They are an object that we use almost daily, and yet rarely think about--unless maybe one is missing. Buttons, specifically pearl buttons, were once a thriving La Crosse industry. The Wisconsin Pearl Button Company opened its doors in 1900. During its operation the factory produced millions of buttons each year.
The company employed over 200 people, many of whom were young women. Local housewives and children also contributed to the industry, sewing the finished buttons to cards for a penny a piece.
Clams with colorful nicknames like “Pig Toe”, “Slop Bucket” and “Elephant Ear” were pulled from the nearby Mississippi River. At the factory they were cleaned, punched, polished, and prepared for sale all over the country. These buttons would have adorned everything from blouses and dress shirts, to army uniforms.
An industry that once thrived was, alas, short-lived: after only 33 years the La Crosse factory was forced to close. This was due to a combination of the depletion of the clam population and the invention of a cheaper material, plastic.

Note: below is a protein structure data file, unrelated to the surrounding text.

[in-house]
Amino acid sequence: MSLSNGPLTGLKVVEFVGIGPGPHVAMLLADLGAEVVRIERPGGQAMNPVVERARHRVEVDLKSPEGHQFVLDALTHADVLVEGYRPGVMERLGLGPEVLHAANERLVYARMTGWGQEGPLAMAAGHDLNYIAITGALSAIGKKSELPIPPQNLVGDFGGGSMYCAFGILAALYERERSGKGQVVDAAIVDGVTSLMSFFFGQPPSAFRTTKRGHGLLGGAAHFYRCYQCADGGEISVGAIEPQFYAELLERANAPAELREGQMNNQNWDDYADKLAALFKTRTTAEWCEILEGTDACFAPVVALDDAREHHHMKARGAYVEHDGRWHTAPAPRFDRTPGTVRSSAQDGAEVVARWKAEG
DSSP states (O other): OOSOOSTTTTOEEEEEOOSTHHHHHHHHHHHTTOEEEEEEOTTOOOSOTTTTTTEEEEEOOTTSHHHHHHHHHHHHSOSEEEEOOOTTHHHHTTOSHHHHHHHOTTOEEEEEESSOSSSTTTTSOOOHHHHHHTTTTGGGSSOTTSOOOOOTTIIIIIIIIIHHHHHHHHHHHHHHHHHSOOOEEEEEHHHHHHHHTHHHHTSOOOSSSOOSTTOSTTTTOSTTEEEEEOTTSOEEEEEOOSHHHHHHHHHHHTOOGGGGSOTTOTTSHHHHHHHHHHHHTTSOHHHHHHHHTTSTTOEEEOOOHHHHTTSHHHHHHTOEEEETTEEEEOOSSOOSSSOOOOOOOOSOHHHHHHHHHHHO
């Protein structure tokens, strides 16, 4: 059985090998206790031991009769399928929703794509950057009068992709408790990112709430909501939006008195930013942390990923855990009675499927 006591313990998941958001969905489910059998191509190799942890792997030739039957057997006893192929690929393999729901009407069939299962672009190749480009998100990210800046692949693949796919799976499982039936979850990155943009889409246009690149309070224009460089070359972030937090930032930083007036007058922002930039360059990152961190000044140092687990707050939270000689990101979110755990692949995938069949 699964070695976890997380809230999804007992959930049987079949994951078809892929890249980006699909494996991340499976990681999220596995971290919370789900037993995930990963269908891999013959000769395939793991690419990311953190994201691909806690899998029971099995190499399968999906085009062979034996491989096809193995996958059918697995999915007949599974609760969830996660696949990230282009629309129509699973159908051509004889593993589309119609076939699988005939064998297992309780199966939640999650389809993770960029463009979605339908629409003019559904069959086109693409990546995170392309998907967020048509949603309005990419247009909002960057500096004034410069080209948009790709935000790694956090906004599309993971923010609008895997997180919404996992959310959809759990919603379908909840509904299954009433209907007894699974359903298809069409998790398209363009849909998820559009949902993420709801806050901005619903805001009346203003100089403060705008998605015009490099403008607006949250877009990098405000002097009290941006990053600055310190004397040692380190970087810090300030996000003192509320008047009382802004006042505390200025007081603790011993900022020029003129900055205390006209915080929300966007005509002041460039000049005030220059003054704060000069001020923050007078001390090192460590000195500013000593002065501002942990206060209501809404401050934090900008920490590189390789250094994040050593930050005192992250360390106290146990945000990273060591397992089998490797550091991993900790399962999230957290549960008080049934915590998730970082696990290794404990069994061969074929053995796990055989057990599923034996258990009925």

Pearl buttons will be one of the objects featured in the exhibition “[art]ifact: Where History Meets Art” which will run at the Pump House Regional Arts Center from February 26 through April 16. They will be displayed with a piece by artist Ingvild Herfindahl, created as a response to the history of button making in the region. “[art]ifact” is a collaboration of the Pump House, the University of Wisconsin-La Crosse Public History Program, and the La Crosse County Historical Society.
This article was originally featured in the La Crosse Tribune.